And the EPA volcano will not erupt from me, I can honestly say the issue/question about that has NEVER arose from a customer, the gubbmint is furthest from my considerations.
 

Ima Schwinner

New Member
Jul 21, 2008
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E. Oregon
Thanks a huge pile for your reply BBG.

My folks live on the other side of the state, and are sitting near sea level I think. There's lots of county roads to enjoy, and ways to keep away from most of the hills.

I appreciate your perspective on the 2-stroke vs. 4-stroke. I work 1.1 miles from home, so I can actually WALK if I want some exercise, otherwise I peddle. I want a motor bike for enjoying the beautiful countryside, Eastern Oregon has some wide-open space (visualize Montana). It sounds like a 33cc Tanaka would be a wise choice in my situation. I didn't realize that the cylinder was chrome lined, and would take a thousand miles to really break in. That's VERY nice to hear. I also like the idea of having the 11 tooth mountain sprocket with me in case I get a whim to take off for some steeper terrain.

I completely understand what you're talking about with getting a "feel" for the system. I'm naturally one of those guys anyway, and it drives me nuts to ride shotgun with someone who doesn't have a feel for their vehicle. My '97 Tacoma with 161K miles still has 50+% of it's original factory brake lining, if that give you an idea of how I treat my equipment.

The fact that you've got 4K on your latest drive belt really encourages me to try the GEBE kit. I'd love for someone to hook a rear wheel dyno up to a GEBE and Staton using the same motor, and to see just how much energy is lost through a gearbox. I know it's more than just a theoretical concern, and I'm afraid that it would rob a small motor's efficiency. If I wanted to really pour the power from a 40+cc 2-stroke, then I'd pick the Staton because losing a little power would be worth having a bullet proof gearbox and chain driven sprocket.

If re-lacing a rear wheel, what gauge spokes do you suggest--------12ga? Would the old REAL Schwinns like the Heavy Duty need to be re-laced? My dad has an absolutely gorgeous red one that I could borrow indefinitely. I'd like to keep the original rim on it though.

I'm just home from work (yeah, a night shift:( ) so I'd better hit the hay.
Thanks again for your advice, and feel free to hit me with some more!
I.S.
 

bamabikeguy

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Jun 28, 2008
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If re-lacing a rear wheel, what gauge spokes do you suggest--------12ga? Would the old REAL Schwinns like the Heavy Duty need to be re-laced? My dad has an absolutely gorgeous red one that I could borrow indefinitely. I'd like to keep the original rim on it though.
Sure, if you know how to relace, go for it.

I'm a bike idjut on those detailed derailleur questions. "Spacing?"-add more washers. I can get brakes close enough to stop the durn thing. When a customer brings me a cheapie Wal Mart Next bike, I tell him to put a ribbon on it and gift it to his nephew Norbert.

Start with a nice cruiser, and Schwinn cruisers are easy to adapt. My motto is get the thing running straight and ride the dickens right out of it, no worries about air and road debris.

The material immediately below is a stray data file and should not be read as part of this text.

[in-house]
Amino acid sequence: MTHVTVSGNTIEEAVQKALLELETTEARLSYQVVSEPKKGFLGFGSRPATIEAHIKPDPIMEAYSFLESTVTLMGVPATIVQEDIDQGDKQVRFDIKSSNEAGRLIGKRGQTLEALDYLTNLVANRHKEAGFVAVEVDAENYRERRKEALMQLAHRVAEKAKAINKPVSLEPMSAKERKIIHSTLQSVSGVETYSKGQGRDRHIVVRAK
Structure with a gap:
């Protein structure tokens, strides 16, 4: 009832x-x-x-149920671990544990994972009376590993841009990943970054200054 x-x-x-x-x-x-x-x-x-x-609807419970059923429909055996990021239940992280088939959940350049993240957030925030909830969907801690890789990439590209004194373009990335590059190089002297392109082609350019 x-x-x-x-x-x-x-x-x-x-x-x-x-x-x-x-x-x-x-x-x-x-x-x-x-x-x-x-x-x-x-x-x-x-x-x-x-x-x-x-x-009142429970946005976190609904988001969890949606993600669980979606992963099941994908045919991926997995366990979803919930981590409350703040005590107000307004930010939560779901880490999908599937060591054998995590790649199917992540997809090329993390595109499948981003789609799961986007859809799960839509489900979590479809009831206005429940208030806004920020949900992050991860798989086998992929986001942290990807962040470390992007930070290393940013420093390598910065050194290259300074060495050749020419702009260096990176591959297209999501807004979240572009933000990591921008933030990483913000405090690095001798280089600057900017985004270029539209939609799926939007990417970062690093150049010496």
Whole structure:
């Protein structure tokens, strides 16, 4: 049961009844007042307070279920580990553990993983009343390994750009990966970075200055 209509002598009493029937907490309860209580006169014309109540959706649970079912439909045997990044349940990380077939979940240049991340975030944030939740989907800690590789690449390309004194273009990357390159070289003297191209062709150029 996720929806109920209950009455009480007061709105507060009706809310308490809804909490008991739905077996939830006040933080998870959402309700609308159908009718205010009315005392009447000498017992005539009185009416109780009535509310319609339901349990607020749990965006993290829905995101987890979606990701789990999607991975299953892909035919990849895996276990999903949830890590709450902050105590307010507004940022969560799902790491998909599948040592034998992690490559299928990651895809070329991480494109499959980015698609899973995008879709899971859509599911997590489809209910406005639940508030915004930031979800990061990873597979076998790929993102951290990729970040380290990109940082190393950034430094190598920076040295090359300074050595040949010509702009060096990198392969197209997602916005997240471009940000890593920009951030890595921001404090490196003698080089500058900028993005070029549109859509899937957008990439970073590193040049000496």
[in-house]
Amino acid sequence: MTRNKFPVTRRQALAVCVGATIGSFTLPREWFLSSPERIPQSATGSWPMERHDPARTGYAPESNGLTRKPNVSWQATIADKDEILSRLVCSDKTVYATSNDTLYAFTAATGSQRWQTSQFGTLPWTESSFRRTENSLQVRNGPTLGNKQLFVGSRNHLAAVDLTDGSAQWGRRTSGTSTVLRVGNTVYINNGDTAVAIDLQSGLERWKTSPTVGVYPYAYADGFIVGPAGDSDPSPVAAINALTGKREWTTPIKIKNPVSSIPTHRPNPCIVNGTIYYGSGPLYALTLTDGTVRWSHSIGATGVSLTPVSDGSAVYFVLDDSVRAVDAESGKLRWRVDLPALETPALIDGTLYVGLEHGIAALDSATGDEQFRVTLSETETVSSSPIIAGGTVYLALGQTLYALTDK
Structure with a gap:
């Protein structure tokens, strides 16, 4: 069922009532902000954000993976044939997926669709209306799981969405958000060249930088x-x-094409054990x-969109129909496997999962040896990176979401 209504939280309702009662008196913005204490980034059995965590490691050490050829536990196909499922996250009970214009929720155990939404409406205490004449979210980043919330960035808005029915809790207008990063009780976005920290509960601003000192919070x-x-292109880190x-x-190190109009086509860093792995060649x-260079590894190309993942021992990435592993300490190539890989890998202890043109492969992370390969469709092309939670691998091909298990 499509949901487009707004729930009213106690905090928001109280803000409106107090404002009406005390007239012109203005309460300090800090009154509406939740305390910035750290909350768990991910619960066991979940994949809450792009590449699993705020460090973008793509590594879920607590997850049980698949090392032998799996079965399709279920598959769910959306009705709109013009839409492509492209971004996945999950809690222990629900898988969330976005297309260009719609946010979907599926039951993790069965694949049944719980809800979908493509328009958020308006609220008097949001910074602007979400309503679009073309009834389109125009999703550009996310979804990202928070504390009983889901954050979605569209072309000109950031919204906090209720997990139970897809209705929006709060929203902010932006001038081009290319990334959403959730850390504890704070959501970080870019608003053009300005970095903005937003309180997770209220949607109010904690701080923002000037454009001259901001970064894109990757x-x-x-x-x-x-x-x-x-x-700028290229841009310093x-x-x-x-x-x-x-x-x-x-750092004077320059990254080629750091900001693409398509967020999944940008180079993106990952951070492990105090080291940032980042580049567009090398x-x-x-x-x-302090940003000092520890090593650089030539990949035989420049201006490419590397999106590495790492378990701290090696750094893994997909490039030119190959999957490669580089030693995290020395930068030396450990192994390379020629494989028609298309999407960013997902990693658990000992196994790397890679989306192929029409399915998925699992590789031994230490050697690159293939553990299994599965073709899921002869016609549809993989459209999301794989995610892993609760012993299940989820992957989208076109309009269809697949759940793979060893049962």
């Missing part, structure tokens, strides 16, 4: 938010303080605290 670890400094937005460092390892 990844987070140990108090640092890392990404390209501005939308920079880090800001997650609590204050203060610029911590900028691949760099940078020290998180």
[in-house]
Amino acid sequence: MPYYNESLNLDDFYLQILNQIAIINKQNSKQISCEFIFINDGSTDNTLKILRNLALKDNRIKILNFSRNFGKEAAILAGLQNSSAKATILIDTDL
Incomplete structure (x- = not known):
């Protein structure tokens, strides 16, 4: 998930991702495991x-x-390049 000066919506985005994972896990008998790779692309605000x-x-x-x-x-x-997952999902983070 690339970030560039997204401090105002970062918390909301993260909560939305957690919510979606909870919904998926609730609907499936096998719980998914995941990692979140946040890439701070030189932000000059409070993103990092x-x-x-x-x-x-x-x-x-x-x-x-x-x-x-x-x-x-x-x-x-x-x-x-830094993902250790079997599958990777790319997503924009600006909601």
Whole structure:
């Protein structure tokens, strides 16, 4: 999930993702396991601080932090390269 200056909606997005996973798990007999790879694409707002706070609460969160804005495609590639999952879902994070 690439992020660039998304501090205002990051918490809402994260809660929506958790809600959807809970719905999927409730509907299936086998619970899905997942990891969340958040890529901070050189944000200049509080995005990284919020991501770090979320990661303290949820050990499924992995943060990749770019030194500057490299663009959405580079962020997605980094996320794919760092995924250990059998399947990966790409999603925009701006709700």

But it is learn as you go, the last 4 builds I did, after I finally broke down and purchased a drimel, I took the spoke ring and bored out the "resting" snap-on spots, making for a smoother, snugger install.

And it was just three weeks ago when a customer suggested some rubber washers in 3 key areas. I tried it and it works.
 

Ima Schwinner

New Member
Jul 21, 2008
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E. Oregon
Thanks Bama. I noticed that the guys on this website who are hotrodding their 40cc+ 2-strokes for top speed are still using the GEBE drive system rather than a chain drive, so it must be more than strong enough for "normal" use. Is it your experience (and your customers) that the factory spokes that come on the imported cruisers are strong enough with the 33cc Tanaka kits? I don't want to spend the extra money on having someone re-lace a rear wheel, but I also want a clean, trouble-free installation the first time. I'd read about tying/soldering the spokes together where they cross, or using heavier spokes. Is this really only needed for the 40cc applications?

Regarding the dremel modification to the drive ring that you mentioned, are you talking about the notches that the spokes lock into, or the spots where the unlocked spokes rest against the ring?

I'm understand what you're saying about learning as you go, and addition new modifications that improve the kit. Beefier brackets and strategic rubber washers makes a lot of sense. I'm not afraid to get carried away with streamlining the mounting system as long as I've got a solid place to start with the original GEBE kit. The whole thing sounds very fun and exciting. Now the only downside is waiting until August to place an order, and September to receive it. I DO understand that the owners of Golden Eagle are in a tight spot due to the increased demand and limited engine supply, and hold no ill feelings there whatsoever-------------it's just the little kid in me being impatient while waiting for Christmas morning.:)
 

bamabikeguy

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I'll be building some as soon as the kits arrive, will show the "drimel/notch", rubber washers, etc.